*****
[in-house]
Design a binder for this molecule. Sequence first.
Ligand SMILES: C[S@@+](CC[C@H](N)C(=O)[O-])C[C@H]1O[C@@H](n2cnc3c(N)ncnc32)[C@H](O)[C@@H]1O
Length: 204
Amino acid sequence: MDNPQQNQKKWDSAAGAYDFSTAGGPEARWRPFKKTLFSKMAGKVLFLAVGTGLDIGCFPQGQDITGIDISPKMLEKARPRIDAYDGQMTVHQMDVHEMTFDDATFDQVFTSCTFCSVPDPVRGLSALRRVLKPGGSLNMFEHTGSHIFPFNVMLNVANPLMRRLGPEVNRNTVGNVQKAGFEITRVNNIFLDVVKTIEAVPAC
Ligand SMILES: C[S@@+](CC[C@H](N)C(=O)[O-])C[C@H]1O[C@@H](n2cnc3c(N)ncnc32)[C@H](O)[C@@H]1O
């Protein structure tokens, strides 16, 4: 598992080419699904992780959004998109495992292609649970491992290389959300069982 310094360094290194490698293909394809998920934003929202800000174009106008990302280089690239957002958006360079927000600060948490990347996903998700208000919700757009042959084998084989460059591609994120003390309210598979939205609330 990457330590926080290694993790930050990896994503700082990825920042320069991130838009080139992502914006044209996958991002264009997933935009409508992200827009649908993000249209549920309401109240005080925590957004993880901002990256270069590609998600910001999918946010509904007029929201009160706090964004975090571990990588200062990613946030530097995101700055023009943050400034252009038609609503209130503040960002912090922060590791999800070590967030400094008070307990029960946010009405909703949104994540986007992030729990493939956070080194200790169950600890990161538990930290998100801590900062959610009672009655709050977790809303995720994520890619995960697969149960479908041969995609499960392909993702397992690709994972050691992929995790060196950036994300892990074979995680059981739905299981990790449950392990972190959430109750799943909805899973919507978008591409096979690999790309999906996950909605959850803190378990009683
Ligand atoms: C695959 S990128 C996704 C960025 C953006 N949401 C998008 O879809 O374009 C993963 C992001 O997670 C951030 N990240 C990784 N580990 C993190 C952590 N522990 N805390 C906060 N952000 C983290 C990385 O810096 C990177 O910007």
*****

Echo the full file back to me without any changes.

[in-house]
Design a binder for this molecule. Sequence first.
Ligand SMILES: C[S@@+](CC[C@H](N)C(=O)[O-])C[C@H]1O[C@@H](n2cnc3c(N)ncnc32)[C@H](O)[C@@H]1O
Length: 204
Amino acid sequence: MDNPQQNQKKWDSAAGAYDFSTAGGPEARWRPFKKTLFSKMAGKVLFLAVGTGLDIGCFPQGQDITGIDISPKMLEKARPRIDAYDGQMTVHQMDVHEMTFDDATFDQVFTSCTFCSVPDPVRGLSALRRVLKPGGSLNMFEHTGSHIFPFNVMLNVANPLMRRLGPEVNRNTVGNVQKAGFEITRVNNIFLDVVKTIEAVPAC
Ligand SMILES: C[S@@+](CC[C@H](N)C(=O)[O-])C[C@H]1O[C@@H](n2cnc3c(N)ncnc32)[C@H](O)[C@@H]1O
């Protein structure tokens, strides 16, 4: 598992080419699904992780959004998109495992292609649970491992290389959300069982 310094360094290194490698293909394809998920934003929202800000174009106008990302280089690239957002958006360079927000600060948490990347996903998700208000919700757009042959084998084989460059591609994120003390309210598979939205609330 990457330590926080290694993790930050990896994503700082990825920042320069991130838009080139992502914006044209996958991002264009997933935009409508992200827009649908993000249209549920309401109240005080925590957004993880901002990256270069590609998600910001999918946010509904007029929201009160706090964004975090571990990588200062990613946030530097995101700055023009943050400034252009038609609503209130503040960002912090922060590791999800070590967030400094008070307990029960946010009405909703949104994540986007992030729990493939956070080194200790169950600890990161538990930290998100801590900062959610009672009655709050977790809303995720994520890619995960697969149960479908041969995609499960392909993702397992690709994972050691992929995790060196950036994300892990074979995680059981739905299981990790449950392990972190959430109750799943909805899973919507978008591409096979690999790309999906996950909605959850803190378990009683
Ligand atoms: C695959 S990128 C996704 C960025 C953006 N949401 C998008 O879809 O374009 C993963 C992001 O997670 C951030 N990240 C990784 N580990 C993190 C952590 N522990 N805390 C906060 N952000 C983290 C990385 O810096 C990177 O910007």